Sunday, 25 March 2012

The Queen's House


The Queen's House is located in Greenwich, London, England. It was built as an adjunct to the Tudor Palace of Greenwich, previously known, before its redevelopment by Henry VII as the Palace of Placentia, which was a rambling, mainly red-brick building in a more vernacular style.
This would have presented a dramatic contrast of appearance to the newer, white-painted House, although the latter was much smaller and really a modern version of an older tradition of private 'garden houses', not a public building, and one used only by the queen's privileged inner circle.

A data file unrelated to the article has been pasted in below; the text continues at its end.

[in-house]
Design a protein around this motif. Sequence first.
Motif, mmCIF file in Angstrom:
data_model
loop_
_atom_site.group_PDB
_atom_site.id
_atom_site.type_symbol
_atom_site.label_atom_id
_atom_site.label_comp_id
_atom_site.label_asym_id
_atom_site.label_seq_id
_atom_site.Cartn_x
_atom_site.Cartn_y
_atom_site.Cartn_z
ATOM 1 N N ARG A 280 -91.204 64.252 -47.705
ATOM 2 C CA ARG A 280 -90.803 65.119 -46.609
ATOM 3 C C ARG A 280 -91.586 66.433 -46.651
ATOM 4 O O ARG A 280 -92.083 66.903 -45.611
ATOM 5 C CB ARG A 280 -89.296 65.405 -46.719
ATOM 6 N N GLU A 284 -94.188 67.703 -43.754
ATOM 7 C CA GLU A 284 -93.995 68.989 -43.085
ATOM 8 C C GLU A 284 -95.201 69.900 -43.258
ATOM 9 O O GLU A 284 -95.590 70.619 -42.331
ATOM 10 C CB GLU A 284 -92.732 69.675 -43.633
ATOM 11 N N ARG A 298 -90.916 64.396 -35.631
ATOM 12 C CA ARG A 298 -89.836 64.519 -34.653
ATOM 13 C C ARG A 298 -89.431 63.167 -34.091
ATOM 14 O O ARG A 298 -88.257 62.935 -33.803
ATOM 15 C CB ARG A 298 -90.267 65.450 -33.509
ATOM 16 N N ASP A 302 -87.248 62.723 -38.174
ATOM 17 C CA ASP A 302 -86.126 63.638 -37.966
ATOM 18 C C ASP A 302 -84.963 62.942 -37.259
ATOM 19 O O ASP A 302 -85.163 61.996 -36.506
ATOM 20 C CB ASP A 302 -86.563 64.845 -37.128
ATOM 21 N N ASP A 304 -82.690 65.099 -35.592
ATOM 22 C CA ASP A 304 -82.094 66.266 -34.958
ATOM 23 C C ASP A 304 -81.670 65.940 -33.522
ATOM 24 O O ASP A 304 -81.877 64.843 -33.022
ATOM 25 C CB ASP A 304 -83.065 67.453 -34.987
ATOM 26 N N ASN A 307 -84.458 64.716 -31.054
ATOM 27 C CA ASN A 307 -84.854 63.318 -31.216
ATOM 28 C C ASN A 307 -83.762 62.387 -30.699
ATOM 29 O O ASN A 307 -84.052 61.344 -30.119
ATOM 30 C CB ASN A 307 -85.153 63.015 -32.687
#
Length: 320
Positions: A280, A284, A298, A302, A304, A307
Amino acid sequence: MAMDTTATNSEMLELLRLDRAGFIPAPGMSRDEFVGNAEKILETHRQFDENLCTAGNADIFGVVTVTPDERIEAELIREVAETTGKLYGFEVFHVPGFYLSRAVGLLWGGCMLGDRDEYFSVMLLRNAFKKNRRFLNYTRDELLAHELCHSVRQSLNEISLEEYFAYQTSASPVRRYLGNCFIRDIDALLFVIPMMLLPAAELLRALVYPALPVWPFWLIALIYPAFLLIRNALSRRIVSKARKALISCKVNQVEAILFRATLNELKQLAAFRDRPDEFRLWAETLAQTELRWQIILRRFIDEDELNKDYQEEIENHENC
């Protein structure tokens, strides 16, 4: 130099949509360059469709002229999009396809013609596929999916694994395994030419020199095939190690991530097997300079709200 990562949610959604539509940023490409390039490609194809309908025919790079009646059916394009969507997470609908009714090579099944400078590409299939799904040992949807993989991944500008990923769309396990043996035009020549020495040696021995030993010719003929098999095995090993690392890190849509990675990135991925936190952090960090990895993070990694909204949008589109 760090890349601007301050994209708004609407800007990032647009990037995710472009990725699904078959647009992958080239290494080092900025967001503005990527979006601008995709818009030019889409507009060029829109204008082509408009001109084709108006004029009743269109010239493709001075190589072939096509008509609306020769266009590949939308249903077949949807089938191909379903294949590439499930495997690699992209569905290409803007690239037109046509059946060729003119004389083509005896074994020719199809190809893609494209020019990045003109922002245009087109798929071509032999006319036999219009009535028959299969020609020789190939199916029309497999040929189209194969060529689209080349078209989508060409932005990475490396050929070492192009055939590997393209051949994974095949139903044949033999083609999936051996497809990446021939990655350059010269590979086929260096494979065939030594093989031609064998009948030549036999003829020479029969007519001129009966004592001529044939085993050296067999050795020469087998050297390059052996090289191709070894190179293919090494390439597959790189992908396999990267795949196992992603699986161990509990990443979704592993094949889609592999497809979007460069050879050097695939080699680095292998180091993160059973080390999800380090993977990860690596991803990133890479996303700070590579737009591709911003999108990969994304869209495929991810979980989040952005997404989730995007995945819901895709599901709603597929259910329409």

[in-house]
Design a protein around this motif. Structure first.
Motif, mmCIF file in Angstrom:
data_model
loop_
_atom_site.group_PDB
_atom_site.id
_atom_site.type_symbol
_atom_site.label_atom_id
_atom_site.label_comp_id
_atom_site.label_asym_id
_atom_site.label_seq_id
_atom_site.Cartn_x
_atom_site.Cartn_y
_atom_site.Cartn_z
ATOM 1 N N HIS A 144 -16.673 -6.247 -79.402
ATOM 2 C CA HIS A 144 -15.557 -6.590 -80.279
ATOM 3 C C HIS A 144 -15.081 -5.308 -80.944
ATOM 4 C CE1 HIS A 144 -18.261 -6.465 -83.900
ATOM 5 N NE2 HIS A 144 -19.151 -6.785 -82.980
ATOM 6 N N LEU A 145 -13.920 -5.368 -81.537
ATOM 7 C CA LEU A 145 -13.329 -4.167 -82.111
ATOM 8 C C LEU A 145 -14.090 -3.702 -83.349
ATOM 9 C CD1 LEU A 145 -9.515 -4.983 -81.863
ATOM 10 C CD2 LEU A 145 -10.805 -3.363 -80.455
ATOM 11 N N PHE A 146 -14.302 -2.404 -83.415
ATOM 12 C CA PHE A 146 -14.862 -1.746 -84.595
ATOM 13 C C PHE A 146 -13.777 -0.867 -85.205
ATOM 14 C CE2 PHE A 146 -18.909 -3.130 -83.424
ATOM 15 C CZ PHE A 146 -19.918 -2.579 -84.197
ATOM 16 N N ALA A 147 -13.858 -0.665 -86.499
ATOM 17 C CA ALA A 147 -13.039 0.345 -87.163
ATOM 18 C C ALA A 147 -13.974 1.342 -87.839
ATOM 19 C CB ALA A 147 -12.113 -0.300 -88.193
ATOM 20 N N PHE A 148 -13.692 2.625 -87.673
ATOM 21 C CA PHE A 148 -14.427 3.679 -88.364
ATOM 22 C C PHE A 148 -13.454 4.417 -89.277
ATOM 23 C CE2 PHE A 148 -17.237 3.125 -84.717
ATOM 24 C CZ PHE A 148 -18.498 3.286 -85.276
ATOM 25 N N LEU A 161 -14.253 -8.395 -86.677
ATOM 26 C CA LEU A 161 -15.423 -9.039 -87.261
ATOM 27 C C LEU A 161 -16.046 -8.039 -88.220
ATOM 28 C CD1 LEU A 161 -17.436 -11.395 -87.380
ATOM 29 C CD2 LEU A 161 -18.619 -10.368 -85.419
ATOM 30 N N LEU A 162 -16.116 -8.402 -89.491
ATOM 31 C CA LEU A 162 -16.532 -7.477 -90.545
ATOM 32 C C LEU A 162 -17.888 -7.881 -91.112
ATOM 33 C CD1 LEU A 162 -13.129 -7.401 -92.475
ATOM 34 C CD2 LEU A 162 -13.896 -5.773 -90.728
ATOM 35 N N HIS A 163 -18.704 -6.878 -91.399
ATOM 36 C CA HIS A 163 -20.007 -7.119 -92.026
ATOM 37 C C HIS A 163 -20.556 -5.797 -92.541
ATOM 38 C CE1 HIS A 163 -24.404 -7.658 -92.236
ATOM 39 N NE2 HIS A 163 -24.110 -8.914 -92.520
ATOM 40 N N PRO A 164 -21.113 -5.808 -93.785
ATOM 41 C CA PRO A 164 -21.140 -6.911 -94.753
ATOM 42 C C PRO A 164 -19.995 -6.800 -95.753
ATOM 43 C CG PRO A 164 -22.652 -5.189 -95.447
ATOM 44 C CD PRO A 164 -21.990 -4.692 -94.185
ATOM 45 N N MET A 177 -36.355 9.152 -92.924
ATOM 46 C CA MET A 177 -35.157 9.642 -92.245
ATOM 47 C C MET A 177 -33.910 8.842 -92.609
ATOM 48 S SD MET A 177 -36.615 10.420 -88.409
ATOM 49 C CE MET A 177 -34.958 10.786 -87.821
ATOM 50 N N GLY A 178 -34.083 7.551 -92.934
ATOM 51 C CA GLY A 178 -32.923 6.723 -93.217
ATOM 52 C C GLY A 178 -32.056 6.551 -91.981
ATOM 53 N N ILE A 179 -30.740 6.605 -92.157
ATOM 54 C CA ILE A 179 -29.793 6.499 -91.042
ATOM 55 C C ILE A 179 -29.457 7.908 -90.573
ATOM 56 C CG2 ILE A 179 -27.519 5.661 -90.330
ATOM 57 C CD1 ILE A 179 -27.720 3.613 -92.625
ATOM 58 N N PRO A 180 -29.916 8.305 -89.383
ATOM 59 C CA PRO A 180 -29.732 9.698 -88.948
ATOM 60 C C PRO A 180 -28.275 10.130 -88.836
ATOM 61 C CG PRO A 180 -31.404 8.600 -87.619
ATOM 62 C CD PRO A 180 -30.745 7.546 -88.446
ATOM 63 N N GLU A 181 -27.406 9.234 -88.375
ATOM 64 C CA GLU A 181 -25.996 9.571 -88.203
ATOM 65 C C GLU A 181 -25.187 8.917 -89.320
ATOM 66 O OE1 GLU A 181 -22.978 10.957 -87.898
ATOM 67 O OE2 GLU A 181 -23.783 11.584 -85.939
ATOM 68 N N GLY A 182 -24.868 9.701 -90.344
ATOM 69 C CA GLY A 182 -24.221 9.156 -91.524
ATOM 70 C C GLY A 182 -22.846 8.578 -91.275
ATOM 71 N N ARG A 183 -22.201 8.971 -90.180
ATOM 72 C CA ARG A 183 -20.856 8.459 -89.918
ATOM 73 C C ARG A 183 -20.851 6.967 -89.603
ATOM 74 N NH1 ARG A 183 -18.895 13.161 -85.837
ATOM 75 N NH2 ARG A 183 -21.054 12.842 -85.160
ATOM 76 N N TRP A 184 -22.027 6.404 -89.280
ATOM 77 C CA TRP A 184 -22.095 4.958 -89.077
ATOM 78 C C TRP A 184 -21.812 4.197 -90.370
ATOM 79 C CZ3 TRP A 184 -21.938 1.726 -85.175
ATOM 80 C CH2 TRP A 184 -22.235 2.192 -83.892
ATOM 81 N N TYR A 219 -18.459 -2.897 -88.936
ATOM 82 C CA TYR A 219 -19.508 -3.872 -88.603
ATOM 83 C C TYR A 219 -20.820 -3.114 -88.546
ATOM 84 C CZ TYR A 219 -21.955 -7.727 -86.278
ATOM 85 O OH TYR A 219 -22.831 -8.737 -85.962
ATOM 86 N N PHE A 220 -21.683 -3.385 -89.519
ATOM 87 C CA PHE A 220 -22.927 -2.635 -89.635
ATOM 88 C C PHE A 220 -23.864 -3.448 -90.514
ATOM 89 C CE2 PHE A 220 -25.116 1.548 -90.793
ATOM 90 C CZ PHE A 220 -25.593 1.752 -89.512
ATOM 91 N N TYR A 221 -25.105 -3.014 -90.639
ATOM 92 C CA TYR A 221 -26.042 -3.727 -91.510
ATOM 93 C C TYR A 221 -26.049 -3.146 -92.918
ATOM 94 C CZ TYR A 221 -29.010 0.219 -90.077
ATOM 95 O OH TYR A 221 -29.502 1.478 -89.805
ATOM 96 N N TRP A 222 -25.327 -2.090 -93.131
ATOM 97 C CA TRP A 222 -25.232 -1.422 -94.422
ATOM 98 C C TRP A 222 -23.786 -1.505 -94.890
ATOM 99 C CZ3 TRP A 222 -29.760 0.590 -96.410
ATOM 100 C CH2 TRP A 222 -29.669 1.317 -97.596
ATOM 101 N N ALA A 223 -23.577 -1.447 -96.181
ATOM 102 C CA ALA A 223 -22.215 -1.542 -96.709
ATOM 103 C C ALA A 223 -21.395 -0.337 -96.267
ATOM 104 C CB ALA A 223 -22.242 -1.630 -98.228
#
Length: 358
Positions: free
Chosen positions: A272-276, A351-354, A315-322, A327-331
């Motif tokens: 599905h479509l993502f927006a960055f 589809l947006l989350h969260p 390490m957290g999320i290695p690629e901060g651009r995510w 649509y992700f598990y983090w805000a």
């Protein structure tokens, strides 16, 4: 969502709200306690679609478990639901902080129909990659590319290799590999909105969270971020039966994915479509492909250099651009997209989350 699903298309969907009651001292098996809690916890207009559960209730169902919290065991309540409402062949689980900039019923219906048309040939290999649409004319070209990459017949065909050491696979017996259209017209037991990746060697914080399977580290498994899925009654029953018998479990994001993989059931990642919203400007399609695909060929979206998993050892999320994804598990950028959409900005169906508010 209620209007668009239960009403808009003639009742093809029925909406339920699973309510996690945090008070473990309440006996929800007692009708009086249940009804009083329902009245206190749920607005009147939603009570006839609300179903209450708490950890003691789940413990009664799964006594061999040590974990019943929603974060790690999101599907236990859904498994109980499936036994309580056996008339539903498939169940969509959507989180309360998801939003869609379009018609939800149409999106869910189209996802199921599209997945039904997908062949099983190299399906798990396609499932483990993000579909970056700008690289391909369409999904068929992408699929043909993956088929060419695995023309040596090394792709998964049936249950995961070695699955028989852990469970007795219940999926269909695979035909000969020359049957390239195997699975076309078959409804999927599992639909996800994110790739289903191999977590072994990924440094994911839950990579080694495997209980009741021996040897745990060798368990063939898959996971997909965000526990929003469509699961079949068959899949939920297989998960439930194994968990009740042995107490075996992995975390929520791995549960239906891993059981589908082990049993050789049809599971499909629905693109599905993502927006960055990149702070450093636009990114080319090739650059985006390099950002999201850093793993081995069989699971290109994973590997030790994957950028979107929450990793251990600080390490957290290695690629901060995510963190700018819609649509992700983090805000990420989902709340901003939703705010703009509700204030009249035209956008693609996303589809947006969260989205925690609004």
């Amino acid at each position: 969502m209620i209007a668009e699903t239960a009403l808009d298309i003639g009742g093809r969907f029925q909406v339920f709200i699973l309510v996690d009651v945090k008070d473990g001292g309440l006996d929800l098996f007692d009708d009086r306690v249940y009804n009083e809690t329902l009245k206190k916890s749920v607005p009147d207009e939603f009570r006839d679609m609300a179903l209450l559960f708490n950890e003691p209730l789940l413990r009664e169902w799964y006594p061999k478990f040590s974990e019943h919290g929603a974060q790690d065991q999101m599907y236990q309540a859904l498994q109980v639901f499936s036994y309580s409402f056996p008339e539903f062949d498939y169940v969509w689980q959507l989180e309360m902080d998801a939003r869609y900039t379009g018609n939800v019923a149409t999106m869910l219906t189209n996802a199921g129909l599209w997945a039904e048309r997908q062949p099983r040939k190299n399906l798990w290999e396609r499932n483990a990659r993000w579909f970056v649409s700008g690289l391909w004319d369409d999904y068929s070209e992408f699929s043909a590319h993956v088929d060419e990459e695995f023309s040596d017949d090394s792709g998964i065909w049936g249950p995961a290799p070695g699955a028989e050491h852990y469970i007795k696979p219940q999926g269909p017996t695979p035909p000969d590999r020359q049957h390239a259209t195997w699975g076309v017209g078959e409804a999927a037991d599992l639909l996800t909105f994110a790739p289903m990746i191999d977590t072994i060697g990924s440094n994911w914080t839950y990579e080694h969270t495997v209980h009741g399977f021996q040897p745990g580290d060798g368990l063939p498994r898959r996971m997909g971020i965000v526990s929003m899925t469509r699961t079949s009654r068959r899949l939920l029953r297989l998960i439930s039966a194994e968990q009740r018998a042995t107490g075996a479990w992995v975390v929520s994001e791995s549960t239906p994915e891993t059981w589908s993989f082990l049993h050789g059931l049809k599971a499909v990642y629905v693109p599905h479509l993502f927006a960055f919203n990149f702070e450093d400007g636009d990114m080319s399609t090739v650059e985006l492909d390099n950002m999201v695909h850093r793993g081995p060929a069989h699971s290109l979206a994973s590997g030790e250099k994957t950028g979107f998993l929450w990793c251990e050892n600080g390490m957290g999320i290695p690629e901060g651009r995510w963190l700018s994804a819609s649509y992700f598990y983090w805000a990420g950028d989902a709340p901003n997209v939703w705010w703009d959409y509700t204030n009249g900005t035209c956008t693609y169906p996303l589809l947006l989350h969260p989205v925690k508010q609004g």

However, the House's original use was short – no more than seven years – before the English Civil War began in 1642 and swept away the court culture from which it sprang. Of its interiors, three ceilings and some wall decorations survive in part, but no interior remains in its original state.
It is normally open to the public daily, free of charge, along with the other museum galleries and the 17th-century Royal Observatory, Greenwich, which is also part of the National Maritime Museum.


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